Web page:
• 3. Step 3: ASD Volume Creation For this exercise the wing of the airplane will be modified in a number of directions in order to maximize lift to drag. The camber will be modified in three areas running perpendicular to the fuselage of the airplane. Camber will also be modified locally with a deformation group being located at five positions on the wing parallel with the fuselage of the airplane. The ASD volume must be created to propagate the cell deformations out into the flow field of the model so that highly skewed elements will not be created. For this exercise deformations will be made such that no negative volume cells are created. The nacelle will also not be disturbed during deformations. a.) Planes The initial plane will be placed along the chord of the wing with the plane extending in the -x direction out to the leading edge of the nacelle and in the +x direction the same distance from the leading edge of the wing to the leading edge of the nacelle, but off of the trailing edge of the wing, the plane will extend from the root to tip of the wing. A plane will be added in the positive and negative Z direction that will lay on top and underneath the surface of the wing. The volume will then be rotated to follow the planform of the wing. Planes will be added out into the flow field in the positive and negative U direction the planes will be translated approximately one half of the height of the fuselage in each direction. The most negative U plane will be raised in the area of the nacelle as that no part of the ASD volume covers the nacelle. A plane will be added in the positive and negative T directions approximately one half of the length of the wing. Planes will then be inserted along the T direction of the volume in order to make the desired deformations previously stated. Airplane with ASD Volume b.) Control groups Control groups were created to be the design variables in the optimization. The groups that were created deform the wing both along the chord and perpendicular to the wing chord. These groups were setup to deform in the parametric direction along the respective chord. A final group was created to deform a slight winglet at the end of the wing. The image below shows the groups deformed far past their extremes for demonstration purposes.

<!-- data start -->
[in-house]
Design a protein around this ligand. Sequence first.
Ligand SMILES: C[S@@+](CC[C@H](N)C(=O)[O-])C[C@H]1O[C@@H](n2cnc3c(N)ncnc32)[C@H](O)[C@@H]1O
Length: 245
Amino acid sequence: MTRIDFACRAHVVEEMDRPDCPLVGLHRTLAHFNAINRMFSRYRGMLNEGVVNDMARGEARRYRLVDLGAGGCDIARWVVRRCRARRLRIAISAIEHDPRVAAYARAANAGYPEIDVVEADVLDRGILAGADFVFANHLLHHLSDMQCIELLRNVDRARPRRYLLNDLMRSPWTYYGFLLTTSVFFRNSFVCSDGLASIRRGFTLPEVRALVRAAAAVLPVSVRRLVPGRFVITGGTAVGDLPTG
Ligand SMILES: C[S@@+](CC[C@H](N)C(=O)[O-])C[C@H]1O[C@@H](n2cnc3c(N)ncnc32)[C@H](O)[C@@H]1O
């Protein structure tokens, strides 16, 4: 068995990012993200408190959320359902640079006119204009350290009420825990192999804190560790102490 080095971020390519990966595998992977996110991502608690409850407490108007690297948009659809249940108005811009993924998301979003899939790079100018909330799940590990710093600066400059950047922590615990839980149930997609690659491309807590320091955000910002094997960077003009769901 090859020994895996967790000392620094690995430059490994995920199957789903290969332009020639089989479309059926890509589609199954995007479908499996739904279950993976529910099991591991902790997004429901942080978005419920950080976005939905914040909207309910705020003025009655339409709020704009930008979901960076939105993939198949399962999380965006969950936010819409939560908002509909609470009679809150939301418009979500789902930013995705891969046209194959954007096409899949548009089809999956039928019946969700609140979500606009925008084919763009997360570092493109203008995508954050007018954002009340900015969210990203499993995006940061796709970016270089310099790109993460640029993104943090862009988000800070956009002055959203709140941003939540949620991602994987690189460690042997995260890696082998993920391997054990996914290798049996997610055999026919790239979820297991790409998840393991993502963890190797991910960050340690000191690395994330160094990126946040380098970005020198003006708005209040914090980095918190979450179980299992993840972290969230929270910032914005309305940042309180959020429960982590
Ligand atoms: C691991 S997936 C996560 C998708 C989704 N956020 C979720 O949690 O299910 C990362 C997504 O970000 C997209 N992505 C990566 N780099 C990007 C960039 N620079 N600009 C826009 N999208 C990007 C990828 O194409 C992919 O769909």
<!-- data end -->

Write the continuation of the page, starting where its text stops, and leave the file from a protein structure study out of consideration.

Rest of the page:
• 4. Step 4: Optimization Preparation Sculptor’s single objective GRG optimizer seamlessly integrates with a model and ASD Volume previously created inside of Sculptor. Sculptor interprets control groups as design variables and can read a results file from any type of solver. For this exercis the exercise initial model is solved and the data relative to the objective function is exported. The Analysis Function Dialog box inside of Sculptor reads the subsequent results file and the objective function is defined by performing an evaluation on the total force from the 0,0,1 vector and dividing it by the 0,0,1 vector. The maximize routine is selected. The Analysis Variables Dialog box displays the control groups which have been created, these groups can be selected as variables in the optimization by selecting the DV column selecting next to the group name. Minima and maxima are then set for each design variable. The design variables for this exercise are listed below: